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Limerick Institute Of Technology Students Learn & Record With New Audient ASP4816 Console

New analog console fills several roles, including helping to teach students signal path topology.
Art O’Laoire (center) with students Aileen Creedon and Patrick Mark Duffy at the new Audient ASP4816 at LIT.

An Audient ASP4816 mixing console was installed at Limerick Institute of Technology (LIT, located in Limerick, Ireland) in January and was went into action within days of its arrival, recording award-winning Irish actor, comedian, writer and entertainer Pat Shortt’s podcast to be released this week. “Our students are providing recording, Foley and mixing for the podcast’s six episodes,” explains Art O’Laoire, the institute’s technical officer for creative technologies. 

Preplanning and careful deliberation by the music technology staff led to the compact analog desk being up and running quickly. “It was a decision not made lightly. We looked at all the possibilities to hand,” O’Laoire explains. “We considered the Audient ASP8024 at first but realized the ASP4816 console was better suited to our needs. The way the desk is configured straight from the factory meant it had all the connections we needed: 16 preamps, 48 inputs in total and a monitoring section.”

Up until then the studio was centered around a similar sized digital control surface. “Now we have analog features to teach signal path topology,” he continues. “We had to instruct students on signal flow and how mixing back into the console is now possible.” With 120 music technology students in direct contact with the desk each week, as well as 20 to 30 film students using it weekly for Foley and ADR, it’s a lot of people to bring up to speed.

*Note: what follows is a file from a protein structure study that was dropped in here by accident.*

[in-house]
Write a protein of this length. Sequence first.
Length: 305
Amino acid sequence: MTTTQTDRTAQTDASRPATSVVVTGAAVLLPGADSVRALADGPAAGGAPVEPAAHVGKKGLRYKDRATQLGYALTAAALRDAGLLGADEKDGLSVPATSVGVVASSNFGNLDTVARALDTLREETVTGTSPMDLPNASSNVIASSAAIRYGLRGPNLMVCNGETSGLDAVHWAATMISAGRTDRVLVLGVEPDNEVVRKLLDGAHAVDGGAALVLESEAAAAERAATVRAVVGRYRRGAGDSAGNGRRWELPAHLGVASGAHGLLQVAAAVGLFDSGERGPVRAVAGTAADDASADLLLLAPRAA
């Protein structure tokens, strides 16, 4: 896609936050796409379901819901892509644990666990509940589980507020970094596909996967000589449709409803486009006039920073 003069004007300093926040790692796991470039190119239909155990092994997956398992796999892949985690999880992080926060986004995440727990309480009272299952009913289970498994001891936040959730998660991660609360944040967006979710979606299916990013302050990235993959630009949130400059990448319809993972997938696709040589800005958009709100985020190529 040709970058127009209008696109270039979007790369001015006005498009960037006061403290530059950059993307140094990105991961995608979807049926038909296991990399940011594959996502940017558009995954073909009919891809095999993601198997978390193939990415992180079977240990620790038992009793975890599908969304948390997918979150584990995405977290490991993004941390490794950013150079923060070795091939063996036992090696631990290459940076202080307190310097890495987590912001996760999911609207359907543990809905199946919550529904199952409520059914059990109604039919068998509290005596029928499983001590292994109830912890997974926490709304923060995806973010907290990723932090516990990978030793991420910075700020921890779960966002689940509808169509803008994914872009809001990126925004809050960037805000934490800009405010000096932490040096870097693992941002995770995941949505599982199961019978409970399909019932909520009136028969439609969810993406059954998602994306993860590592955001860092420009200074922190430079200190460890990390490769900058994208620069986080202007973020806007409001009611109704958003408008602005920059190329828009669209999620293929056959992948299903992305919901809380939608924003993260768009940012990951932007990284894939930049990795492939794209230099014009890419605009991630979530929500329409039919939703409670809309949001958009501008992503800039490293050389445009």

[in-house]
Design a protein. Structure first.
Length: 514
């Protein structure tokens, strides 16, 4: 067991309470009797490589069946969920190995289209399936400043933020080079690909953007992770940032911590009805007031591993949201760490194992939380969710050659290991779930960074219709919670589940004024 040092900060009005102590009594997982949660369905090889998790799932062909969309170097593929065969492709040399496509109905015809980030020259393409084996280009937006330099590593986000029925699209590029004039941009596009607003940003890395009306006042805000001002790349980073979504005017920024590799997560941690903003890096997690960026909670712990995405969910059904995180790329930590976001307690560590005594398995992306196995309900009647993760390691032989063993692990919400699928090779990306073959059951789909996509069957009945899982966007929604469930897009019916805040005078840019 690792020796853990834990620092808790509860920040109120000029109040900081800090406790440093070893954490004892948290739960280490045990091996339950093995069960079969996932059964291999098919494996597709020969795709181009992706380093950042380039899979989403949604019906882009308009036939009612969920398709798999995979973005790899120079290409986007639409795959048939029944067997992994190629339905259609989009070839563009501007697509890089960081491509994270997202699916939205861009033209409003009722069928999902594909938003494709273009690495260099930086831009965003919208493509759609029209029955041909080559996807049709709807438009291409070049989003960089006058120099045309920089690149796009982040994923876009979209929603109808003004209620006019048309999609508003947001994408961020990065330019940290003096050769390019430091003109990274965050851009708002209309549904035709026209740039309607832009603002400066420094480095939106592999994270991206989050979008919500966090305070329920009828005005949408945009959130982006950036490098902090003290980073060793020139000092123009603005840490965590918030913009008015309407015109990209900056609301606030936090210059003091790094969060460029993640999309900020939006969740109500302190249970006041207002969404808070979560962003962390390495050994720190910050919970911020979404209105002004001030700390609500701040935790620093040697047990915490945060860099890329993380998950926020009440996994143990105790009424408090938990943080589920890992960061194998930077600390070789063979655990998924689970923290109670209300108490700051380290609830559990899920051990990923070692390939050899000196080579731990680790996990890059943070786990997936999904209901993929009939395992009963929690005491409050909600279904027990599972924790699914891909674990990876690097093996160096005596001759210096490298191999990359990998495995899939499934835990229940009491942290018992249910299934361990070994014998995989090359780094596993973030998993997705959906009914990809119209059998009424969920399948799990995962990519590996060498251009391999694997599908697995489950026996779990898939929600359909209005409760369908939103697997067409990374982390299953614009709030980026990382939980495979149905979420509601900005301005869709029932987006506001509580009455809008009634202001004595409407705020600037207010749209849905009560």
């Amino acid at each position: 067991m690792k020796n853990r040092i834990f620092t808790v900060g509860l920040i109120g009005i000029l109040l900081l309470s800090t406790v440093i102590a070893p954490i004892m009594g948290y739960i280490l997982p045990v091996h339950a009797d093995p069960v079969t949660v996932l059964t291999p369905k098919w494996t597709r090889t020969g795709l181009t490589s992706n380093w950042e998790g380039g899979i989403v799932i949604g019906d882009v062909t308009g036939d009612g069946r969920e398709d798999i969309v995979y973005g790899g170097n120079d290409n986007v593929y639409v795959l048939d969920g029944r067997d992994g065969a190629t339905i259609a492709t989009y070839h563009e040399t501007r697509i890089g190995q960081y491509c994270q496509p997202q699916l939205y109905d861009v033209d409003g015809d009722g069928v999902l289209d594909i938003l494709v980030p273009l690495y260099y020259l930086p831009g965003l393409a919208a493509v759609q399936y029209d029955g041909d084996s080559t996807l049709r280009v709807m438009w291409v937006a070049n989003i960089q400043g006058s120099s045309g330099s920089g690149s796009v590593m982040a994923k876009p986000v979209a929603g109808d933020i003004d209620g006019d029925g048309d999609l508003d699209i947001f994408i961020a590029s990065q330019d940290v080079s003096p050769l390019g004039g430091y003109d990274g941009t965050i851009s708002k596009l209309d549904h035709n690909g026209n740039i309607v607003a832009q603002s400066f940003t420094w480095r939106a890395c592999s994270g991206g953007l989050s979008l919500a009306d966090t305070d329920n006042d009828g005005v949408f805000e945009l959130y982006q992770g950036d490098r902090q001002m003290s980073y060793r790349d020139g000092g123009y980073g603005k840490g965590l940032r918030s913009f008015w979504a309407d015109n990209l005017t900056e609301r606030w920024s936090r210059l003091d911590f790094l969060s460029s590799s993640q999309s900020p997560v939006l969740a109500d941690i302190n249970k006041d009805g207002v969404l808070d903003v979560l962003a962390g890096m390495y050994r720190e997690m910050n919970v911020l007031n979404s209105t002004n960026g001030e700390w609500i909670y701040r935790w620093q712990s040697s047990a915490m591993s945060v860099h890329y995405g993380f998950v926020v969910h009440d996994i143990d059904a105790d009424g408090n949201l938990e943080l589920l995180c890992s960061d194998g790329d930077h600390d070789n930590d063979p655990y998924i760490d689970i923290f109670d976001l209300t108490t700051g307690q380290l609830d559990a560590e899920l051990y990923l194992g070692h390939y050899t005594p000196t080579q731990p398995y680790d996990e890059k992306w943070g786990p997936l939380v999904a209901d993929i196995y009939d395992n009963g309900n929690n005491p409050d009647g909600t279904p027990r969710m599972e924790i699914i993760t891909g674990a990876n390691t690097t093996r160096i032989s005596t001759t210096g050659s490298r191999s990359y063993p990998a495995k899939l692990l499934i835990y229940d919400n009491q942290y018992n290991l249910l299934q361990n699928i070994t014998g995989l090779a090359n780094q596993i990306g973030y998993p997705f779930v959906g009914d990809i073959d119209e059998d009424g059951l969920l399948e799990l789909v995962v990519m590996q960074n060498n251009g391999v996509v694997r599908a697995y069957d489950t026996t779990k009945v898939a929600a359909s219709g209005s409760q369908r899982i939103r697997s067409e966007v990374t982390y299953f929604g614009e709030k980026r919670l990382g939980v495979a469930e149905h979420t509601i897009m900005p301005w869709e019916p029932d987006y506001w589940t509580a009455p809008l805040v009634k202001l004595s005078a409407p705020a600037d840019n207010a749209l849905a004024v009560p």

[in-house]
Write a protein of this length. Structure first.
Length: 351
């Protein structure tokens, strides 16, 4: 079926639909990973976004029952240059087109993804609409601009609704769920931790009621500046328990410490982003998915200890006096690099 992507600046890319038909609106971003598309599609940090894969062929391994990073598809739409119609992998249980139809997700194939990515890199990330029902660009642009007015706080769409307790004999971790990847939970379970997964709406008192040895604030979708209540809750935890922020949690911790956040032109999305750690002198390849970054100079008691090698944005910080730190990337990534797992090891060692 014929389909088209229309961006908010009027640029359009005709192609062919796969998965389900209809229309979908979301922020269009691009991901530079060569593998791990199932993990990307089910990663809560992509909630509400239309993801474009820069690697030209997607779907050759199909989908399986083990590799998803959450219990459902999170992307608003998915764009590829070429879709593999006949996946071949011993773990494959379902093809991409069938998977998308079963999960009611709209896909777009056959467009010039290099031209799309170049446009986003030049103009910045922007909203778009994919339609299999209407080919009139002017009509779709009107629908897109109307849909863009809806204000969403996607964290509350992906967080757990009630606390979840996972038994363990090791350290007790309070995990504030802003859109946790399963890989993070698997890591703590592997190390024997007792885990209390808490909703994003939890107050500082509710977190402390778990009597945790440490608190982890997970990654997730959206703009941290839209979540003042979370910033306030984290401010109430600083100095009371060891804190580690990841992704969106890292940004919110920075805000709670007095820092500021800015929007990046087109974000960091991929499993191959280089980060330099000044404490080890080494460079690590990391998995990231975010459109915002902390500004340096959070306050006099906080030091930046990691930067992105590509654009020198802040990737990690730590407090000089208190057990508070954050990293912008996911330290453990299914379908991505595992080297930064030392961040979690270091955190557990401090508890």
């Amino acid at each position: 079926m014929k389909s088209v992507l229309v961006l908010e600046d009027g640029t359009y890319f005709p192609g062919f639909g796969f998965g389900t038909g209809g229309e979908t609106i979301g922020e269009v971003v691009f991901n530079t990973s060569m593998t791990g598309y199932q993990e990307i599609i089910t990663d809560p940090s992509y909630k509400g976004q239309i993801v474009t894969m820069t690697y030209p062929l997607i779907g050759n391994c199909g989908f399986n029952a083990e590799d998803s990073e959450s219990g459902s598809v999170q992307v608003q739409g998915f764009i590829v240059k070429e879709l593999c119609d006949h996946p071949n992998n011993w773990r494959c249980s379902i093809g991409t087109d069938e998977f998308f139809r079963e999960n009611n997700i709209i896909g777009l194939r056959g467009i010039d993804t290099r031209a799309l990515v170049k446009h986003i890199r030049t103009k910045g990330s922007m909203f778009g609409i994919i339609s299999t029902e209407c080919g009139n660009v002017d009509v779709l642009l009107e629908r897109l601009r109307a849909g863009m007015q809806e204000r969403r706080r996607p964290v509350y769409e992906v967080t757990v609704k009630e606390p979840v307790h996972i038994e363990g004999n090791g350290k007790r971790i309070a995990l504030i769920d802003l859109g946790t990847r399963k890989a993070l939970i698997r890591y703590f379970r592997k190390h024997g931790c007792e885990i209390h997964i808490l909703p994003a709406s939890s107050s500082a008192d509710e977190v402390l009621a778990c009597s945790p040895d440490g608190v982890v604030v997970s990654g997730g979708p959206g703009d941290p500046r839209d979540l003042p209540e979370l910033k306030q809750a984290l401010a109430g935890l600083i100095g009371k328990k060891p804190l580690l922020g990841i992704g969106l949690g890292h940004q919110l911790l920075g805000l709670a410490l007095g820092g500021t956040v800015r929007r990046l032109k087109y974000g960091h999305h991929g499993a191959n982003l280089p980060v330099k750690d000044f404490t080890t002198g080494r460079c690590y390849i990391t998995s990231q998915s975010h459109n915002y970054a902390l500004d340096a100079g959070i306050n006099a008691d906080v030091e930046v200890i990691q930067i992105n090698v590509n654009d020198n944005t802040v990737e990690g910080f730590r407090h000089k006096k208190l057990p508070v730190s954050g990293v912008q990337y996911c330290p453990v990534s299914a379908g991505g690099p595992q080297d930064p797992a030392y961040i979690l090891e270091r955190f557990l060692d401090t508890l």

Initial feedback has been positive according to O’Laoire, who provides technical support for LIT’s three recording studios, five video edit suits, the millennium theatre and various Mac labs on campus. “All features are visible at first glance and without too much hassle people can just get work done. They don’t need much interference from lecturers once they are up and running a recording session or a mix down. Plus they seem to just like the tactility of the control surface,” he says. 

However, it’s early days, he adds: “We’re still learning its many features and routing possibilities. Currently we love the ability to send a mix back from the DAW into the console and get a tactile feel for mixing bands. The bus compressor is another plus. Switching between long and short faders for tracking and also EQing is a great feature. We have plans to integrate it more when we start the new academic year, September 2020.”

With the primary courses at LIT focusing on post production, broadcast, live sound and studio recording, he and his colleagues have designed the facilities around a network-based, audio-over-IP system rather than the traditional hard-wired infrastructure. The studio can now receive 32 channels of audio from the theatre based on the other side of the campus which allows them to mix shows from the ASP4816 to be distributed for livestreaming events. “We’ll be doing our first livestream of our showcase performance in the millennium theatre later in the year,” he notes.


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